The KJ transfer case will help the plan to lift the entire drivetrain and build a slim transmission cross-member, to help clearance off-road (since I actually use it off-road). The transmission cross-member hangs down a lot, so a slim one might help aero too.

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Old 03-16-2020, 07:34 AM   #25 (permalink)
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Data from the yearly ski trip, with airdam, almost complete upper grille block.
Travelling speed 60mph.

Home to regular refuelling point (~500 miles) - 27.93 MPG (8.42L/100km) - lots of traffic and windy conditions.
Refuelling point back to refuelling point (551 miles: 375 highway + back roads, the rest city-like) - 28.00 MPG(8.4L/100km)
Refuelling point to home (440 miles) - 28.33 MPG (8.3L/100km) - windy conditions again.

All in all it looks similar to the fuel consumption from this summer's trip to Greece, but at a lower speed (60 vs 65mph), the extra mod was complete blocking of the grill.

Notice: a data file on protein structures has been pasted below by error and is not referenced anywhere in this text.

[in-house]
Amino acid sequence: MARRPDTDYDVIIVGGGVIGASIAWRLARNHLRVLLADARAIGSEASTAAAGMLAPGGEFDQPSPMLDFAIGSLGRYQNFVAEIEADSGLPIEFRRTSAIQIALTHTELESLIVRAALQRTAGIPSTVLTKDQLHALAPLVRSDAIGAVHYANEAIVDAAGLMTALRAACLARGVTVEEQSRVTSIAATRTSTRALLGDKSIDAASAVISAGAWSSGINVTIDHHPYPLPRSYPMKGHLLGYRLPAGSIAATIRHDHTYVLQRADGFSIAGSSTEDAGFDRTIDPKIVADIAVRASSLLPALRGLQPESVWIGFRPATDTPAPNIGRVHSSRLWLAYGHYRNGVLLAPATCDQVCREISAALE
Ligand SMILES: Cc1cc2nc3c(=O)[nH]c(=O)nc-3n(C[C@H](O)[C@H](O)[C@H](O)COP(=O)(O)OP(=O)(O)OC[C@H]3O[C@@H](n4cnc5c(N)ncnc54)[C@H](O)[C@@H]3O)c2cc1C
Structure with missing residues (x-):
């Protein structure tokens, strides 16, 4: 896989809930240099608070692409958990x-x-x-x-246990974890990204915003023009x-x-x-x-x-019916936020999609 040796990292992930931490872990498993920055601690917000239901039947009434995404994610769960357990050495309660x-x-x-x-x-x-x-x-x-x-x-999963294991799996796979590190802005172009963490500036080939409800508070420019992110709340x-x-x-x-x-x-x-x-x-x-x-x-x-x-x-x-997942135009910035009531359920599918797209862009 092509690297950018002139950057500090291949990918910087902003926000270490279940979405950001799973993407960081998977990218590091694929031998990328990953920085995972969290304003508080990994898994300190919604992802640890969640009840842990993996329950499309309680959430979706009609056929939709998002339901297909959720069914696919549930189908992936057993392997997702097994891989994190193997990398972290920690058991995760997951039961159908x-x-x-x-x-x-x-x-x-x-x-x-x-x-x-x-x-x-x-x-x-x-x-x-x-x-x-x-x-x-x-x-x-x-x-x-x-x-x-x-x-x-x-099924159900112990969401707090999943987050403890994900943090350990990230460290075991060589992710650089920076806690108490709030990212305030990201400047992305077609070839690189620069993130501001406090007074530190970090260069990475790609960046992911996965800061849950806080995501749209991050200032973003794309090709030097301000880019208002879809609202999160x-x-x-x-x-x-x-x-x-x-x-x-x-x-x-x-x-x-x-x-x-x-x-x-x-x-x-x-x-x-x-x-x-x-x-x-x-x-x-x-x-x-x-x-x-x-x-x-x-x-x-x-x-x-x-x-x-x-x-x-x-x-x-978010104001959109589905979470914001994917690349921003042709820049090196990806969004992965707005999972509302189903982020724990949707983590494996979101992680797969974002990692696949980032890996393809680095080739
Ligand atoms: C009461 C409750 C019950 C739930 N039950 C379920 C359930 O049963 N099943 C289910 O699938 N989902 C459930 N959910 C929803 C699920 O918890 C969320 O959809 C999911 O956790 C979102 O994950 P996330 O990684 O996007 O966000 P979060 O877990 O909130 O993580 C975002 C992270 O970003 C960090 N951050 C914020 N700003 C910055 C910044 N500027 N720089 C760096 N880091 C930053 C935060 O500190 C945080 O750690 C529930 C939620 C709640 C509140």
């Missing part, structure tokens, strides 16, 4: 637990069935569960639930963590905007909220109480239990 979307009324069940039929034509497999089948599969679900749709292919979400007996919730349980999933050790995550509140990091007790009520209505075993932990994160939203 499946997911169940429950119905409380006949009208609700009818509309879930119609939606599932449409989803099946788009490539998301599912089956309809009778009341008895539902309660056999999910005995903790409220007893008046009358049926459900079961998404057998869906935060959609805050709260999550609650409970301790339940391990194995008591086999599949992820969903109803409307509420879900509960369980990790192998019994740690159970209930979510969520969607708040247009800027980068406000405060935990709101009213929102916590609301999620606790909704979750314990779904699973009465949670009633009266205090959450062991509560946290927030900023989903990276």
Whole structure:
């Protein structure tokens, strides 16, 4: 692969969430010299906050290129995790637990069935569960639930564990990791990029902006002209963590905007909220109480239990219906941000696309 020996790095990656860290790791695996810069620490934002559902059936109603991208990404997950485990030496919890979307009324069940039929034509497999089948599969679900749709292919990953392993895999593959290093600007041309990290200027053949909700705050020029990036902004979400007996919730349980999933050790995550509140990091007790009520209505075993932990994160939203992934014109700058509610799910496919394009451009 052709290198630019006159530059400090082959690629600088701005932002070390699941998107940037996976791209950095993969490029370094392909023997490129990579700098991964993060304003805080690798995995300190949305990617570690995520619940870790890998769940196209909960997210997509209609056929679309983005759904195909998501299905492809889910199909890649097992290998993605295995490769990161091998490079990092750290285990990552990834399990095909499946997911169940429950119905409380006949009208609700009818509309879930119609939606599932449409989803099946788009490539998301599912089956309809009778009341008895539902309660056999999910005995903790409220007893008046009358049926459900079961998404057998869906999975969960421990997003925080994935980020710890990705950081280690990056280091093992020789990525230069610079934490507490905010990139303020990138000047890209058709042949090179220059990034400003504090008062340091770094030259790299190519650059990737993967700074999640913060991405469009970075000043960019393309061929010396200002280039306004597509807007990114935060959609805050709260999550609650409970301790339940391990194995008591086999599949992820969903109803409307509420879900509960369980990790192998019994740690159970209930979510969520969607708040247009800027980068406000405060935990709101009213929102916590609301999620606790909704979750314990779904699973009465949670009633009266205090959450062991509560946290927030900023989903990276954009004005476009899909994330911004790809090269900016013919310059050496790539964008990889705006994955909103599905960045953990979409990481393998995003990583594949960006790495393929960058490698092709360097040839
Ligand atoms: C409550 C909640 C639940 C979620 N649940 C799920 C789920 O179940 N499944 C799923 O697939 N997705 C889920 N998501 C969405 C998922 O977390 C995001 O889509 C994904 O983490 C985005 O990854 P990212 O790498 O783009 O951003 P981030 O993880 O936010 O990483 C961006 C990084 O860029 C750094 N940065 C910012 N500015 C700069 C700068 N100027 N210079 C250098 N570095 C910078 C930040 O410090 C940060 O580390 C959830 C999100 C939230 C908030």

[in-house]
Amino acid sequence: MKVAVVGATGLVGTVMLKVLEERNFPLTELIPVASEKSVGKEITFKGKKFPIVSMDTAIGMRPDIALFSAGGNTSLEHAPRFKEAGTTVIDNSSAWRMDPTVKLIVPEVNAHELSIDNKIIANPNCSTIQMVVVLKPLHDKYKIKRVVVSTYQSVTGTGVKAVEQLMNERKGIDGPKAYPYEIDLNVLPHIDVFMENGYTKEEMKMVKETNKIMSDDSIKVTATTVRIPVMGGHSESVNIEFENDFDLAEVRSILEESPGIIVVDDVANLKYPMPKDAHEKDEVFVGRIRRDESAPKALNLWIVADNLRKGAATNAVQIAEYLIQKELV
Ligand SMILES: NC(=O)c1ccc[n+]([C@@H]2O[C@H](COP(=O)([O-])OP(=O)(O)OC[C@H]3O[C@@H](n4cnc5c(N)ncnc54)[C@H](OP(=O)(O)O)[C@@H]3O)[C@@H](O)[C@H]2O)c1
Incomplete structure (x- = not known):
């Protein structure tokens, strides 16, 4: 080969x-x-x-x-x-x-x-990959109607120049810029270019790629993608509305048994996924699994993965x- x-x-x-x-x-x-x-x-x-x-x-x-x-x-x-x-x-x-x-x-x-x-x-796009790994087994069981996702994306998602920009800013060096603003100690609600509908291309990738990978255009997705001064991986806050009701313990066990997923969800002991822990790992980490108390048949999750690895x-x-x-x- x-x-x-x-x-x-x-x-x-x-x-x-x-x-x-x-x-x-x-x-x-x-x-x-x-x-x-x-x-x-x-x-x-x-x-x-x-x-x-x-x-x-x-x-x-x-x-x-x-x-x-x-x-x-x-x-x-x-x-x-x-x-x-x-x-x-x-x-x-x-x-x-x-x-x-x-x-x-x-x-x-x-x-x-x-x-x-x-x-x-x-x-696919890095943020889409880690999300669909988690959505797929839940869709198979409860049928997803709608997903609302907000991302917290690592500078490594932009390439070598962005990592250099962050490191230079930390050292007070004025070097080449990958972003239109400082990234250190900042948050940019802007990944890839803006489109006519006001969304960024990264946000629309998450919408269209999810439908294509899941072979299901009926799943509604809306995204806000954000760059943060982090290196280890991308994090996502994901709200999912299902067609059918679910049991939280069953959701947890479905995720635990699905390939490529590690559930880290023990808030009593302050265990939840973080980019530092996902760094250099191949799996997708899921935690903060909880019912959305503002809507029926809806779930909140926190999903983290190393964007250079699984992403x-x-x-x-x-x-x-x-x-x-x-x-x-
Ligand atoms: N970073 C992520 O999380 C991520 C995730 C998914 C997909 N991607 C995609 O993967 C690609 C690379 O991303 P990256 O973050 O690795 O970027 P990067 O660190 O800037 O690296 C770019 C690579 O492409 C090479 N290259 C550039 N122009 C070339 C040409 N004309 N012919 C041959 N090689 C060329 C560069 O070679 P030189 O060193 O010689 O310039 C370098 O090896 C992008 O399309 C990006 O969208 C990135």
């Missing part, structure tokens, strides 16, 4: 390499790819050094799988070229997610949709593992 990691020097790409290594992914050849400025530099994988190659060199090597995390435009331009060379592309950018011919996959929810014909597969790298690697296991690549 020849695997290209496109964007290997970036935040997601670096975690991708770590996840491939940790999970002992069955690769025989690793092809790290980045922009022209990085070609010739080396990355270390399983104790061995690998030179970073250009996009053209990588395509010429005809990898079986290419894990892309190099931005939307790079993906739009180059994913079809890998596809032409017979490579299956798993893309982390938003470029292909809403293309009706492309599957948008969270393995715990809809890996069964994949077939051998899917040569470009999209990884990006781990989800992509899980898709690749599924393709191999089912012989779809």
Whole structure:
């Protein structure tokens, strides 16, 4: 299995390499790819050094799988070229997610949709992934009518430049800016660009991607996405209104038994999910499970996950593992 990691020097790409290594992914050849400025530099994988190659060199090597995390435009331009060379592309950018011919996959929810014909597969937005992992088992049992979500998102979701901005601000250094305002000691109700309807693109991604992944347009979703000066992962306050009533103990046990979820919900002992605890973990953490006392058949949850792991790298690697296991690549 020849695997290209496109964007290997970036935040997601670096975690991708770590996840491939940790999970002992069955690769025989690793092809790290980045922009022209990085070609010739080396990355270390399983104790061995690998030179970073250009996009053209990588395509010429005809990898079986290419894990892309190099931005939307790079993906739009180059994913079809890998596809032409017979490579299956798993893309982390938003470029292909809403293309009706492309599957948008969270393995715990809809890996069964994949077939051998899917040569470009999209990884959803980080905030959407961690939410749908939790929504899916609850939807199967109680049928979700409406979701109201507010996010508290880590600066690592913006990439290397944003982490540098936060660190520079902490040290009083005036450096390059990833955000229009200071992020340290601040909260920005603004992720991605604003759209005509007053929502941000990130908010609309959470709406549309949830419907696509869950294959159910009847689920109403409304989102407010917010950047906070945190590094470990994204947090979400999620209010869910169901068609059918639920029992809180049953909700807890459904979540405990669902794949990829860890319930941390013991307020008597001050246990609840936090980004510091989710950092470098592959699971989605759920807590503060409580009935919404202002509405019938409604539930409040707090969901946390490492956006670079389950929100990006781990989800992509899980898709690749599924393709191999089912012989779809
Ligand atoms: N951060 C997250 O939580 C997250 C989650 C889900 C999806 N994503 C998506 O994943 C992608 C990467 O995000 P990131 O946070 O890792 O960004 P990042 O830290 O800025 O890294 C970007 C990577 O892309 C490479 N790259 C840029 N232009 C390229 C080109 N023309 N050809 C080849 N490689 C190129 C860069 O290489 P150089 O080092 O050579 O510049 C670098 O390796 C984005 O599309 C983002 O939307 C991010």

Head wind and side wind take a pretty big toll on the FE

And I finally drove through a snow storm:


Looks like I could try some smooth covers for the fog lamp pockets.

For the other purpose of the car, offroading, I turned down the wheel spacers from 1.65 to 1.38 inches, so the wheels stick out less but in order to fit larger tires, I lifted the car 0.5 inches, supposedly back to the height when it came out of the factory. The airdam is still lower than any suspension component.

In off-road trim...
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Old 04-22-2020, 10:39 AM   #26 (permalink)
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Very nice example of snow patching the bad spots in the nose. You can see how the snow packed in the grill slots flushing them out as the air would like to see it. Also noticed the mirrors snitching on where they want to be modified for better airflow characteristics. They say fun in the sun, takes a dark and dreary day to do this to the front end.